Some employers are saying that if foreign worker visa backlogs are not handled quickly as they wish, they will move the work involved overseas. How much of a threat is this?
These employers, of course, are the exploiters of domestic and foreign workers who see anything but a completely open doors policy as a threat to their businesses, and therefore to the nation. What they really need to do is to raise wages to recruit whatever additional talent they may need locally—a proposal they reject.
Some employers, as reported by Law360, simply do not have the option of remoting work—you cannot, for instance, remote either the harvest of wheat or its conversion into bread. But most employers who can remote their work in the United States can also send it overseas.
The policy question is: how damaging is this threat?
Losing a decent-paying American job to someone sitting at a computer overseas is, of course, a blow to American workers and to the U.S. labor market. It should not be encouraged.
On the other hand, the ramifications of such a move is benign in three other general fields of potential impact: the effect on the environment, the effect on the American population, as well as various administrative considerations.
As we summarize in the table below, there are three areas of potential impact beyond the obvious one in the labor market. Bringing in extra workers (above and beyond the million plus new immigrants we get every year, and the massive number of illegal entrants tolerated by this administration) runs counter to our worries about the environment, about the size of the population, and the administrative effort.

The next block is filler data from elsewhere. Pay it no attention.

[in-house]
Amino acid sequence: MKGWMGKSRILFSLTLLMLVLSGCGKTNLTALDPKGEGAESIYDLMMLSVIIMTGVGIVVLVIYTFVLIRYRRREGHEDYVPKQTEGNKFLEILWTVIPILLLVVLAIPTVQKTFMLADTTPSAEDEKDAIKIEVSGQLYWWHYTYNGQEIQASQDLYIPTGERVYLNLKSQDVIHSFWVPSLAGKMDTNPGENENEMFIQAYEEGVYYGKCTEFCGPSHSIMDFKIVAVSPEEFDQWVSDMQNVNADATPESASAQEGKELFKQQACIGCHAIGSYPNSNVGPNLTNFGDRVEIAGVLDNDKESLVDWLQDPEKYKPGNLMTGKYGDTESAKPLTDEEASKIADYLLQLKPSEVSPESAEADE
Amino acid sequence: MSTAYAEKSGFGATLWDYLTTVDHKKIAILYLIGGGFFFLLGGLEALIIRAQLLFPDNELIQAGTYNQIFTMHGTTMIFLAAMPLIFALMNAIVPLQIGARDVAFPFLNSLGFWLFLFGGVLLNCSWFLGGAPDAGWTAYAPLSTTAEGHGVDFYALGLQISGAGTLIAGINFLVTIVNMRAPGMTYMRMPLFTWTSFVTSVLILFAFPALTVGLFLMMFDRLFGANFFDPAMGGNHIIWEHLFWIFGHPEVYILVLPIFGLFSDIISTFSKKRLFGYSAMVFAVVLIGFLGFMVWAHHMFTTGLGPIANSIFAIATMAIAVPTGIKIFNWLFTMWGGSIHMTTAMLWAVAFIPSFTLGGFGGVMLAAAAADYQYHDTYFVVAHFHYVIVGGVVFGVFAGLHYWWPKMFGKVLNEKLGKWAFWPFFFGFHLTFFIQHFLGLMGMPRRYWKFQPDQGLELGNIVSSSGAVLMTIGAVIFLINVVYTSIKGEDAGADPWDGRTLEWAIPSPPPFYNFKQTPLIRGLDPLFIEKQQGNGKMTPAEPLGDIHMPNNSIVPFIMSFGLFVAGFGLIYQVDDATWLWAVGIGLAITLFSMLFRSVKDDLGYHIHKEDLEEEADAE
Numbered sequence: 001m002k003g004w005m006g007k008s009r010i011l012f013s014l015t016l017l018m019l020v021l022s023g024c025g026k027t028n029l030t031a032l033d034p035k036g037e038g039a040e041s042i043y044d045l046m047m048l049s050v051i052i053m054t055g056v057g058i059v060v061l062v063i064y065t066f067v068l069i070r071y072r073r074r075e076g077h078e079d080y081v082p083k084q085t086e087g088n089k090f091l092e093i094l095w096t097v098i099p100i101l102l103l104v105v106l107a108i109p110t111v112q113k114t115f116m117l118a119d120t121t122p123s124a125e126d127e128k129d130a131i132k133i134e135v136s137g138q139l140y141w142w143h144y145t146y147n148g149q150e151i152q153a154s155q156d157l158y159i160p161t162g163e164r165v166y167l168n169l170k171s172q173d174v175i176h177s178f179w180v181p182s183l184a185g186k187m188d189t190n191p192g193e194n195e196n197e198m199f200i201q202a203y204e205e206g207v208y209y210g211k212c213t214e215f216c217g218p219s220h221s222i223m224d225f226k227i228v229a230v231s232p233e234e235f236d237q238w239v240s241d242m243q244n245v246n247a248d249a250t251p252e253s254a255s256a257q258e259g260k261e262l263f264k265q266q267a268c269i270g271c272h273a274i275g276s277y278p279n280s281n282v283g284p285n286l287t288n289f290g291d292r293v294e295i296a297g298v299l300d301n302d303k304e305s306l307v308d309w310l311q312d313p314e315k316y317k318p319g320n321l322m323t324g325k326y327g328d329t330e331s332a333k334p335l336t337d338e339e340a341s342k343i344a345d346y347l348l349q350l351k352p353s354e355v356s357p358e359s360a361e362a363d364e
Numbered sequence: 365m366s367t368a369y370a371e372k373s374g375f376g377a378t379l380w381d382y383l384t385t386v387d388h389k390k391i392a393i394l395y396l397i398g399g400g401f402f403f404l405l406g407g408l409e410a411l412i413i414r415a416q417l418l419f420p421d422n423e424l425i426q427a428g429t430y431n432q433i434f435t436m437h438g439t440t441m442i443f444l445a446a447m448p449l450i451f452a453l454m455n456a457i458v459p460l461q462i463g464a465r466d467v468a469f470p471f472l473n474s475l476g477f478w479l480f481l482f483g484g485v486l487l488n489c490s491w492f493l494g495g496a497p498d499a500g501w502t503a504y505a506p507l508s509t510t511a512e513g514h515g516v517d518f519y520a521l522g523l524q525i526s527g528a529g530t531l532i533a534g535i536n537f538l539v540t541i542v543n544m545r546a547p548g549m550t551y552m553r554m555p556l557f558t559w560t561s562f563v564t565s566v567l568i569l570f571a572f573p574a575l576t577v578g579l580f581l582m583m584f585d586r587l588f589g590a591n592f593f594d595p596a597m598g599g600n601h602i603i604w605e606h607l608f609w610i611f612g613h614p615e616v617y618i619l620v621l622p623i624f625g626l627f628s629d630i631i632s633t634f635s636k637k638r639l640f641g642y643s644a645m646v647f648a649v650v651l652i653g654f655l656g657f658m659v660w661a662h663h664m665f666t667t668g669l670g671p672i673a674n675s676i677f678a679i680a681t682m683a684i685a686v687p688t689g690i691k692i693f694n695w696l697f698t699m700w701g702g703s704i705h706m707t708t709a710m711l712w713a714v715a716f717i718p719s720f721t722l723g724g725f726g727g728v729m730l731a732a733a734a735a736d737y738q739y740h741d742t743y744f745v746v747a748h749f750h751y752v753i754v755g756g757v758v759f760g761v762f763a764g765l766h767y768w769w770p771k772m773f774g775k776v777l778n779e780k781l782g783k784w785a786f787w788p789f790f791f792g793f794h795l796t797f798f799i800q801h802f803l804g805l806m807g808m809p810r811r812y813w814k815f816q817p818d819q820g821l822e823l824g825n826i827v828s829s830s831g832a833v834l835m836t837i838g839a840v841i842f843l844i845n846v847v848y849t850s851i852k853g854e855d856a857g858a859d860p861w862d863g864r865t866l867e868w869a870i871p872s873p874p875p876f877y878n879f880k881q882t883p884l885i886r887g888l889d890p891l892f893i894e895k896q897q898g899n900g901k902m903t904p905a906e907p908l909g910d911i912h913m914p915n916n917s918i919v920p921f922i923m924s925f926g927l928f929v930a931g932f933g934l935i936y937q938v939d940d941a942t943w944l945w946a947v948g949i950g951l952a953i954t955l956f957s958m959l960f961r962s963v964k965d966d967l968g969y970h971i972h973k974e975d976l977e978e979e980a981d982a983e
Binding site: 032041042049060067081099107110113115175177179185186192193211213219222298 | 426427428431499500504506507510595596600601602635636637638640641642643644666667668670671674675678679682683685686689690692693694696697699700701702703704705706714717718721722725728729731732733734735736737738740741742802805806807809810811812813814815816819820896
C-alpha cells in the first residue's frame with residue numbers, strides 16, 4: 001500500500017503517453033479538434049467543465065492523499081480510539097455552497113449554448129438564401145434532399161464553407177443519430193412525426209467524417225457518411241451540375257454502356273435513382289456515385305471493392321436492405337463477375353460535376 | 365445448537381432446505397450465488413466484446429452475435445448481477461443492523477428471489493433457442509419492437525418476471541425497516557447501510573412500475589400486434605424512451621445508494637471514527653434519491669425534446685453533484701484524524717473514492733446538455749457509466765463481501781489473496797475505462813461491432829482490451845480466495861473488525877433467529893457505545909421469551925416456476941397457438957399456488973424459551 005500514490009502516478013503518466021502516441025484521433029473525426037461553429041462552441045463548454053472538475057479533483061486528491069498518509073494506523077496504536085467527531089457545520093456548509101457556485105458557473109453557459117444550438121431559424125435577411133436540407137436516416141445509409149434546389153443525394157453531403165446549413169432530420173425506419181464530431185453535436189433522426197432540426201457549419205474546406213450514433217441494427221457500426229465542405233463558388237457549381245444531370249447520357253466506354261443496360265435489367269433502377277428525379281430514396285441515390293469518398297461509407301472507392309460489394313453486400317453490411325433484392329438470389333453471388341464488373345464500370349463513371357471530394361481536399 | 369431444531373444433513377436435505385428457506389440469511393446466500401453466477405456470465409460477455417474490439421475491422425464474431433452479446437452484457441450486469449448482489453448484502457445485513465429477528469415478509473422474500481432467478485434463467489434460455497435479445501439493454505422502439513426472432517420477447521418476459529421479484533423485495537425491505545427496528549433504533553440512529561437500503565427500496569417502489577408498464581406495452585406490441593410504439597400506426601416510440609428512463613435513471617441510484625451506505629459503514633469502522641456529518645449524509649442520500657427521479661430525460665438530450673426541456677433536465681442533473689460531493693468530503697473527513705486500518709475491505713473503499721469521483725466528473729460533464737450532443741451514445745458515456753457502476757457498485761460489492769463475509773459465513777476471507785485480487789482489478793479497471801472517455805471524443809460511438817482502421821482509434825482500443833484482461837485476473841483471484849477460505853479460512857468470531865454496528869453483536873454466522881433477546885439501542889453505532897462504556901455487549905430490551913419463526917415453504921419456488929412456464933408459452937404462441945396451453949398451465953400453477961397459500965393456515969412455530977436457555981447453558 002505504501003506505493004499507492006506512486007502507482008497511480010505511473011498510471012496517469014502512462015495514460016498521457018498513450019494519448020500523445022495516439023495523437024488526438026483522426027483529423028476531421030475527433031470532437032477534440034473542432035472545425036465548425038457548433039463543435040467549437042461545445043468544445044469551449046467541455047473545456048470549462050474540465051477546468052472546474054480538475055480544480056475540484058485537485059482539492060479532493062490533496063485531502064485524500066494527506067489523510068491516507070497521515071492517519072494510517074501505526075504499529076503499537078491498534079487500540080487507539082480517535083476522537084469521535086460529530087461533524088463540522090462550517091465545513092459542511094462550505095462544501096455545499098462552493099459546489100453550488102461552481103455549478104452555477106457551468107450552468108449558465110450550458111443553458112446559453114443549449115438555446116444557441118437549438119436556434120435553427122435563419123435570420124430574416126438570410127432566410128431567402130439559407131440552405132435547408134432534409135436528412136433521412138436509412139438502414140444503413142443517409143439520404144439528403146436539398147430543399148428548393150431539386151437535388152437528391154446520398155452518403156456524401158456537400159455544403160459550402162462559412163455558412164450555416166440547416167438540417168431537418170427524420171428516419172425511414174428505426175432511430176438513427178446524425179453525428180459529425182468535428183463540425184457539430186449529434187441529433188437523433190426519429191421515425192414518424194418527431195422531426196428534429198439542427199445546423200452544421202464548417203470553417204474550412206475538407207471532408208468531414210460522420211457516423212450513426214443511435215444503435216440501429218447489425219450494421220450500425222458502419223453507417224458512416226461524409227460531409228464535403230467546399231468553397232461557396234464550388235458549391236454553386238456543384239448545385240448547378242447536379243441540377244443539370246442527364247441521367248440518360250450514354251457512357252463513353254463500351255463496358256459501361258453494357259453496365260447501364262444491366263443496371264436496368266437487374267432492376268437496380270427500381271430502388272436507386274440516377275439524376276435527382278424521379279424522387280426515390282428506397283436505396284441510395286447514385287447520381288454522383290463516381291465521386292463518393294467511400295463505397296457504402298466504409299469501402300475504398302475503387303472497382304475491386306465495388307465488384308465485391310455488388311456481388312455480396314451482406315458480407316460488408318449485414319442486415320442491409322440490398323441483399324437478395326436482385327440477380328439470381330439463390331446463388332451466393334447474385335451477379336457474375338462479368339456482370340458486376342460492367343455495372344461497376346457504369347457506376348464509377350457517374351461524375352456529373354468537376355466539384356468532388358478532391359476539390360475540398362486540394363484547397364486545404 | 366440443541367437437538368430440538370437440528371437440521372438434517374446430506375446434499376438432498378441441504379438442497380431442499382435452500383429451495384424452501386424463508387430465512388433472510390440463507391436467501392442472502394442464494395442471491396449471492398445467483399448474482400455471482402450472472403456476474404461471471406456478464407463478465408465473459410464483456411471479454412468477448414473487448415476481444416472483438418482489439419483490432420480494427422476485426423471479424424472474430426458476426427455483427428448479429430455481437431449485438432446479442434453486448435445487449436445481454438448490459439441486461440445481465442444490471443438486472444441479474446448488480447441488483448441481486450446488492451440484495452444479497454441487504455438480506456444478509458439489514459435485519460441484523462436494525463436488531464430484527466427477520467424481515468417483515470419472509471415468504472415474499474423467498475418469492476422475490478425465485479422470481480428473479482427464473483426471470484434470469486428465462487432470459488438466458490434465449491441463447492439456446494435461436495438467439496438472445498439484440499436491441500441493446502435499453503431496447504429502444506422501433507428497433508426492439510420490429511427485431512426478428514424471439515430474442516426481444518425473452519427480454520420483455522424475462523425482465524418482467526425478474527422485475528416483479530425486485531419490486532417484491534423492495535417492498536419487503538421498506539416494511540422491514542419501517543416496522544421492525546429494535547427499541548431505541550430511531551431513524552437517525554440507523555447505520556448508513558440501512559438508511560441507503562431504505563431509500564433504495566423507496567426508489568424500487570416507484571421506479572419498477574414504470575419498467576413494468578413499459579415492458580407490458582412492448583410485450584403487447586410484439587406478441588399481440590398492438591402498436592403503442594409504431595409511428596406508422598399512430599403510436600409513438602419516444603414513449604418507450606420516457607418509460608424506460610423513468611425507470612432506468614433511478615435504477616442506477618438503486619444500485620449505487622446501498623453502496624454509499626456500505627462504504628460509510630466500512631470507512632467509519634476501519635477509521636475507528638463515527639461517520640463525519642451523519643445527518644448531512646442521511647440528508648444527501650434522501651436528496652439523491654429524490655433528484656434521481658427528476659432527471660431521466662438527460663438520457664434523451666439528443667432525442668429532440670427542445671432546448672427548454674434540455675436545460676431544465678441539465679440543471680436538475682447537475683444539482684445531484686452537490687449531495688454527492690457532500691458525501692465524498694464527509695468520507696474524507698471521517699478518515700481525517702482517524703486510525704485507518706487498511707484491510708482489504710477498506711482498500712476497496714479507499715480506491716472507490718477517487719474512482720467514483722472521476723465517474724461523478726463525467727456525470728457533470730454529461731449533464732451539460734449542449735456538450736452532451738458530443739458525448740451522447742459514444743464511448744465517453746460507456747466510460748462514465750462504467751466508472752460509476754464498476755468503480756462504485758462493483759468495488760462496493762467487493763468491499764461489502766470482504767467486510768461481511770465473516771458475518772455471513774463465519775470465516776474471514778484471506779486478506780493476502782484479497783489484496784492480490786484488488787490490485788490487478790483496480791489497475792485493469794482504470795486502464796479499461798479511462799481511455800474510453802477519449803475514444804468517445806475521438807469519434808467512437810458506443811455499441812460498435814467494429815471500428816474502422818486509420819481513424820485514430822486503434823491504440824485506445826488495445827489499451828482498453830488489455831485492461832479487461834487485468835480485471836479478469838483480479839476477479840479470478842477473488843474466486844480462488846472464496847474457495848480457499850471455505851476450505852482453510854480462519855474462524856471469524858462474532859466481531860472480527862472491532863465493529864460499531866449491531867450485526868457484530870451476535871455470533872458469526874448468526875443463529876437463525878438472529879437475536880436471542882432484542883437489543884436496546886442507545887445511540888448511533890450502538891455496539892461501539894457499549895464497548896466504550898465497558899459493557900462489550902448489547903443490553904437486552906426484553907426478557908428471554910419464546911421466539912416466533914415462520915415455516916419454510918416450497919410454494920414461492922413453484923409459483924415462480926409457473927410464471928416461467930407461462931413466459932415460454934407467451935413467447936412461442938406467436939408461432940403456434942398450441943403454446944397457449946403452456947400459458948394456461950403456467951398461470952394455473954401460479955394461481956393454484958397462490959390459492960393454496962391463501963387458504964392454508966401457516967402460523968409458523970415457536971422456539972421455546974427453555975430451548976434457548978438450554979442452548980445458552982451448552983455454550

The guy or gal who has a full-time job, handling remote assignments in Brazil or Gambia, is taking a job that should be filled by a U.S. citizen or a green card holder, to be sure, but that person is not using our over-used subways and bridges and electric systems, is not adding to our census numbers, is not running up some administrative costs for either their employer (such as travel). Nor is she or he creating work for our under-staffed immigration system, or the many our other layers of our governments.
|Employment Practice Impacts||Work here by U.S. Residents||Work done overseas remotely||Work done by alien workers here|
|Labor Market||No disadvantages||U.S. jobs lost||U.S. jobs lost|
|Environment||No additional damage to the environment||No additional damage to the environment||More people using our infrastructure than needed|
|Population||No extra people||No extra people||Extra people in United States|
|Administrative||No extra costs to either employers or our government||No extra costs to either employers or our government||Extra costs for employers and the government|
|Summaries||4 advantages||3 advantages, 1 disadvantage||4 disadvantages|
Source: The Center for Immigration Studies, Washington, DC.
In other words, remoting work overseas is a bad idea, but it is far better than expanding our foreign worker programs.